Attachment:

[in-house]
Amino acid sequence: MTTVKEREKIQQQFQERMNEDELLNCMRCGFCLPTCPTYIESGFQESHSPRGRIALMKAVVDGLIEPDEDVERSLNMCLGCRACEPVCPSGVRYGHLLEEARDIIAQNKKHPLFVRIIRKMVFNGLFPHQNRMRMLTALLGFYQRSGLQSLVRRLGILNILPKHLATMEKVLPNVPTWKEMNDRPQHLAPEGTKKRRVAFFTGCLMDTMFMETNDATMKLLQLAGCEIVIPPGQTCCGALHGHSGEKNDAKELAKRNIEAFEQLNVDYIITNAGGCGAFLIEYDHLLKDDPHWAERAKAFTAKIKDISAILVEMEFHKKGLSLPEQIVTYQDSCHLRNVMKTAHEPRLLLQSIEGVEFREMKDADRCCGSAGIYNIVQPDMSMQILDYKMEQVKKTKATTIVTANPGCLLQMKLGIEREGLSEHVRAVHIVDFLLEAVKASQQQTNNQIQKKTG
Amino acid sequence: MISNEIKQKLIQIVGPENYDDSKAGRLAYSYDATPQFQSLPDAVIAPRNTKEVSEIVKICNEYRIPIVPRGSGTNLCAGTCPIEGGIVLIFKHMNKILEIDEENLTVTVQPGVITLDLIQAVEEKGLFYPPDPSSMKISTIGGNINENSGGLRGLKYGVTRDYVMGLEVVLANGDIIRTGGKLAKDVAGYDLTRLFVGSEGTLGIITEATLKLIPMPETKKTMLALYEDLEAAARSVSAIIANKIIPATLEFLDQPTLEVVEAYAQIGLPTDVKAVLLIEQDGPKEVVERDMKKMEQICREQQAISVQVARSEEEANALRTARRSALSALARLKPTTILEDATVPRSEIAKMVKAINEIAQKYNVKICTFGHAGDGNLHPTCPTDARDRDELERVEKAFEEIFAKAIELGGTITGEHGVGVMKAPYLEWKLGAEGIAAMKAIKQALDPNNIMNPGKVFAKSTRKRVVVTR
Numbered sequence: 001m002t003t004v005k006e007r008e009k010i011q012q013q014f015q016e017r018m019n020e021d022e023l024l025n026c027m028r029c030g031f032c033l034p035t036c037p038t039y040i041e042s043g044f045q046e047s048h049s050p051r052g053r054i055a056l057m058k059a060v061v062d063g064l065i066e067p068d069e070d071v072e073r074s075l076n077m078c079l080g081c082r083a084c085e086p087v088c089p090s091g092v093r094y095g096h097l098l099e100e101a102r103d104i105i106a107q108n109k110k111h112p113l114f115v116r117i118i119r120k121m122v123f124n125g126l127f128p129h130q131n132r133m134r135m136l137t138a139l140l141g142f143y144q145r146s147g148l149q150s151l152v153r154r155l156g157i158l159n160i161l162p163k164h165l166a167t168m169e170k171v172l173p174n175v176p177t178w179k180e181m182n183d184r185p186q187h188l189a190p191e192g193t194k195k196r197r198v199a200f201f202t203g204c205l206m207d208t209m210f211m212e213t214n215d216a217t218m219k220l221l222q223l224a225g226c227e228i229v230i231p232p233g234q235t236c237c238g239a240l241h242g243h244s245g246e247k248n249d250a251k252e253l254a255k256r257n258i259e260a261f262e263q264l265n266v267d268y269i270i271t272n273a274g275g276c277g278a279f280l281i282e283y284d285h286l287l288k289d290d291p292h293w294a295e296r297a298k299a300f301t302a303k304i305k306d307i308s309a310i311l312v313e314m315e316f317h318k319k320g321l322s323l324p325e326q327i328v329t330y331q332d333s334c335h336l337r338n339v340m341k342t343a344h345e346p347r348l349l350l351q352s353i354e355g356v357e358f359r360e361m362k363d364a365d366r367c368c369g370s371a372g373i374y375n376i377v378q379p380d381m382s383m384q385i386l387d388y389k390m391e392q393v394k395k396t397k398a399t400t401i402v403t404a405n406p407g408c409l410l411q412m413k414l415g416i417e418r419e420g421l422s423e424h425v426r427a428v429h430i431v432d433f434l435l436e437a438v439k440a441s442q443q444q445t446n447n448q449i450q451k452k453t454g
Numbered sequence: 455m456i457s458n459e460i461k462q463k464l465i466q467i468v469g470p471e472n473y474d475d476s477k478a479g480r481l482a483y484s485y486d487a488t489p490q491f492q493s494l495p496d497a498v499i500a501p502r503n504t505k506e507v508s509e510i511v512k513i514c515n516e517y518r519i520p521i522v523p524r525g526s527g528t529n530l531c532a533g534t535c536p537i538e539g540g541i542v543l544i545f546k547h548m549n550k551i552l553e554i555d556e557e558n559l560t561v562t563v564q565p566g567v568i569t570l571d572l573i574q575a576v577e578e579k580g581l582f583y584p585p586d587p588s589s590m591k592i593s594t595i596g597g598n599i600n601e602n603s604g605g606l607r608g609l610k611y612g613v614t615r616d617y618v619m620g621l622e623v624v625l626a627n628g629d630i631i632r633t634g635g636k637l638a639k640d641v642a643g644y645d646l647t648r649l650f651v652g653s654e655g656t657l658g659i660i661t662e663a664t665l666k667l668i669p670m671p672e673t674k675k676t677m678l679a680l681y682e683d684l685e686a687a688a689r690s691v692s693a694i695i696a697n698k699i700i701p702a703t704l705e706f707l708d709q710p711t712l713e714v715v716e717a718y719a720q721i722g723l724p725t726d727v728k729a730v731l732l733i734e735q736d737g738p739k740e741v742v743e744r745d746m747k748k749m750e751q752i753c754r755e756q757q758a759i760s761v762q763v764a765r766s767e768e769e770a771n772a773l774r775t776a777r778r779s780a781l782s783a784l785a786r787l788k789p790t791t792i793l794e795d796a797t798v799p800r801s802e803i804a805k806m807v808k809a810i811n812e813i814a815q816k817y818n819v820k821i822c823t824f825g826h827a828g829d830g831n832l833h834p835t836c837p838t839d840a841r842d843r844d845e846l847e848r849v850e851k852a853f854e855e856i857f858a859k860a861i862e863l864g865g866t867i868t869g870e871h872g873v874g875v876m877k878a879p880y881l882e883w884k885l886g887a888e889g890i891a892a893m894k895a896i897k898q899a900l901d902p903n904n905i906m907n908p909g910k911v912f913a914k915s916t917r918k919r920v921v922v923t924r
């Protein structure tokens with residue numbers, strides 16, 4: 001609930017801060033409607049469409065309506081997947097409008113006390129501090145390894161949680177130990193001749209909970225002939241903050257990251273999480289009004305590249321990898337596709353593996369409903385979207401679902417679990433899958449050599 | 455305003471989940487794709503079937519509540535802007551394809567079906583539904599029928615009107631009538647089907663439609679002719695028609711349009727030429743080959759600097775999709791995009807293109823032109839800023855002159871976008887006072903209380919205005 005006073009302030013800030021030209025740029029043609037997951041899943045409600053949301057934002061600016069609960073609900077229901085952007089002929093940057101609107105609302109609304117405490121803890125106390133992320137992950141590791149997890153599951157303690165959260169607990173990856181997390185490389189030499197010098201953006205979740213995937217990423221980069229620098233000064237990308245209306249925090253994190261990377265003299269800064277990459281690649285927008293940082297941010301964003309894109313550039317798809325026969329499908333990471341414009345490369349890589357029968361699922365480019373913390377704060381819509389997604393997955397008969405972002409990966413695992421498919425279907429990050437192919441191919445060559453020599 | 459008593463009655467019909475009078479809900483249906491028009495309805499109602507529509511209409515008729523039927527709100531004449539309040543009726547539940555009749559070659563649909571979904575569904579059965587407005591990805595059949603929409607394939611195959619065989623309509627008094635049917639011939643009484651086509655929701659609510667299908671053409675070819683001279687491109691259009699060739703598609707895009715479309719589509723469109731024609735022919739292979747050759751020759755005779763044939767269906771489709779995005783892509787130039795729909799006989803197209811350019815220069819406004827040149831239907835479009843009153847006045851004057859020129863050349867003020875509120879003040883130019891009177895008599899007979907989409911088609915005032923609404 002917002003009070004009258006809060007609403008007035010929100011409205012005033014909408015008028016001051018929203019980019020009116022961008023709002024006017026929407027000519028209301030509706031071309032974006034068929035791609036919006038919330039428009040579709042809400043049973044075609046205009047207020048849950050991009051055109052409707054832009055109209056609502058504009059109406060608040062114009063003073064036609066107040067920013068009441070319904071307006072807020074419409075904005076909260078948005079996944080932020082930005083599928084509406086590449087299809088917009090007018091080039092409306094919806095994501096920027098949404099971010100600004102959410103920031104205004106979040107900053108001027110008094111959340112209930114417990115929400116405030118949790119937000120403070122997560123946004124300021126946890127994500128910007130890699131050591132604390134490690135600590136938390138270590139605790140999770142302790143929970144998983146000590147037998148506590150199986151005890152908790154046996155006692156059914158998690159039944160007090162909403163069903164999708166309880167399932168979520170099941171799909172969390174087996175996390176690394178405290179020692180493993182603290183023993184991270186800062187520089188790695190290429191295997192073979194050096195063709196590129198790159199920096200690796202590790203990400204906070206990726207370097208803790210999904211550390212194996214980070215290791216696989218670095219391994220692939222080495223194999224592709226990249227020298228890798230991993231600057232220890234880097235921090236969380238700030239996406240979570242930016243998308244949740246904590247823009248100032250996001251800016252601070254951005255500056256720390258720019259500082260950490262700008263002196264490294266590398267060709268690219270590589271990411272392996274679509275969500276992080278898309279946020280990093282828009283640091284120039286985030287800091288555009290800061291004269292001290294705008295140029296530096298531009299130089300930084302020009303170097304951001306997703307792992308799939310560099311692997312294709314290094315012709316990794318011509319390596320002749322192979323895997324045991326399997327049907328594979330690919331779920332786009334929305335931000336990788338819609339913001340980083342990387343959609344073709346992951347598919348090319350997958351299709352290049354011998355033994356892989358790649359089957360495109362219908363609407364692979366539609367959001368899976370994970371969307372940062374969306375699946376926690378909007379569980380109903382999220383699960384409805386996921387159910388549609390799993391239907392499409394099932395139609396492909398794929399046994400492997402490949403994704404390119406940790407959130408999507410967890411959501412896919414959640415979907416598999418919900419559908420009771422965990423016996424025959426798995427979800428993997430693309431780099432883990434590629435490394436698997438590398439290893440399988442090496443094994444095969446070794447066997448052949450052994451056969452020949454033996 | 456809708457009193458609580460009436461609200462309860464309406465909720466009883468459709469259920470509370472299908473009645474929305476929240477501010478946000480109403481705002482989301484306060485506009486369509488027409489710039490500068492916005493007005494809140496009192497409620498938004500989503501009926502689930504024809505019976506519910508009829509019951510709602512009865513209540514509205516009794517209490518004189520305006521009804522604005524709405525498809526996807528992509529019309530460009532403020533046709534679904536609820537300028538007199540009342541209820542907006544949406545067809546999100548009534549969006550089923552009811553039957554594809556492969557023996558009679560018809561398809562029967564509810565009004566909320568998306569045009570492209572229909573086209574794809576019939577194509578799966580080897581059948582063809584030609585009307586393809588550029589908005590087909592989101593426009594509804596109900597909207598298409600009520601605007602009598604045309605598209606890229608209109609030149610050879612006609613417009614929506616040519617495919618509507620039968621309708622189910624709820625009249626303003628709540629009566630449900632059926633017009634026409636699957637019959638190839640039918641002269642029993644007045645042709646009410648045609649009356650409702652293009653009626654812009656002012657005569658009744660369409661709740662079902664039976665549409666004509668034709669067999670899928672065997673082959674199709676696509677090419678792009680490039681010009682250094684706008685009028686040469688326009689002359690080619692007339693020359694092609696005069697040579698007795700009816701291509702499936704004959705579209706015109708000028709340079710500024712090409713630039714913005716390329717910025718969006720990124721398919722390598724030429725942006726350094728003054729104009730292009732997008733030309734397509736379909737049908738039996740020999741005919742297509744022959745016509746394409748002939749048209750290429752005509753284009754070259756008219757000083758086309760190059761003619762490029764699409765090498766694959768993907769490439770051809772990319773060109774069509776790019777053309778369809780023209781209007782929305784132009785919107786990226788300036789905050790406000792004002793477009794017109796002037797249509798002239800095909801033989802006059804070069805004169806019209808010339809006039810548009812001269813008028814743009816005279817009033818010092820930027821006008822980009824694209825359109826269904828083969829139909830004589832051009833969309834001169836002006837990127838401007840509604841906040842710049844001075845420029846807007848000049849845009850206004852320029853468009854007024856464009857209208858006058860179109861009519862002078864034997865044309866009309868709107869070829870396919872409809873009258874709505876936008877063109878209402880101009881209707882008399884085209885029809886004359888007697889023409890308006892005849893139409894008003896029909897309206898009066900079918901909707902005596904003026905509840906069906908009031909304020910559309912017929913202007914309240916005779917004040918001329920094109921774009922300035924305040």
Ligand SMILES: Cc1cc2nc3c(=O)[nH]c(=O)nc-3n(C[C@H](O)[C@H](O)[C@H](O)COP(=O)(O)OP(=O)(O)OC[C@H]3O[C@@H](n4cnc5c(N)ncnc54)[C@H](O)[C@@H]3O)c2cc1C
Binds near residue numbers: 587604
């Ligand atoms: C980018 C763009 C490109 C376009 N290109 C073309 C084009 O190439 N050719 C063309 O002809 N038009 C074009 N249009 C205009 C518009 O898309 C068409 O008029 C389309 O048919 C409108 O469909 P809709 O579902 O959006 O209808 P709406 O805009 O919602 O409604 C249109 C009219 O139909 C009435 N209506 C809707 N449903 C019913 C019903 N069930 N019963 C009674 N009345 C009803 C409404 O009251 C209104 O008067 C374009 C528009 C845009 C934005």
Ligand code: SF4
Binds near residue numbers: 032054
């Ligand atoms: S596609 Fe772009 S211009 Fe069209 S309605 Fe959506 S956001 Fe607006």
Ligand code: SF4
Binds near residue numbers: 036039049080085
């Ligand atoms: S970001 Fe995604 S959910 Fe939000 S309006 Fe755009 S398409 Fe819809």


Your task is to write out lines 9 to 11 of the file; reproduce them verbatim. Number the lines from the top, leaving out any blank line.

């Ligand atoms: C980018 C763009 C490109 C376009 N290109 C073309 C084009 O190439 N050719 C063309 O002809 N038009 C074009 N249009 C205009 C518009 O898309 C068409 O008029 C389309 O048919 C409108 O469909 P809709 O579902 O959006 O209808 P709406 O805009 O919602 O409604 C249109 C009219 O139909 C009435 N209506 C809707 N449903 C019913 C019903 N069930 N019963 C009674 N009345 C009803 C409404 O009251 C209104 O008067 C374009 C528009 C845009 C934005």
Ligand code: SF4
Binds near residue numbers: 032054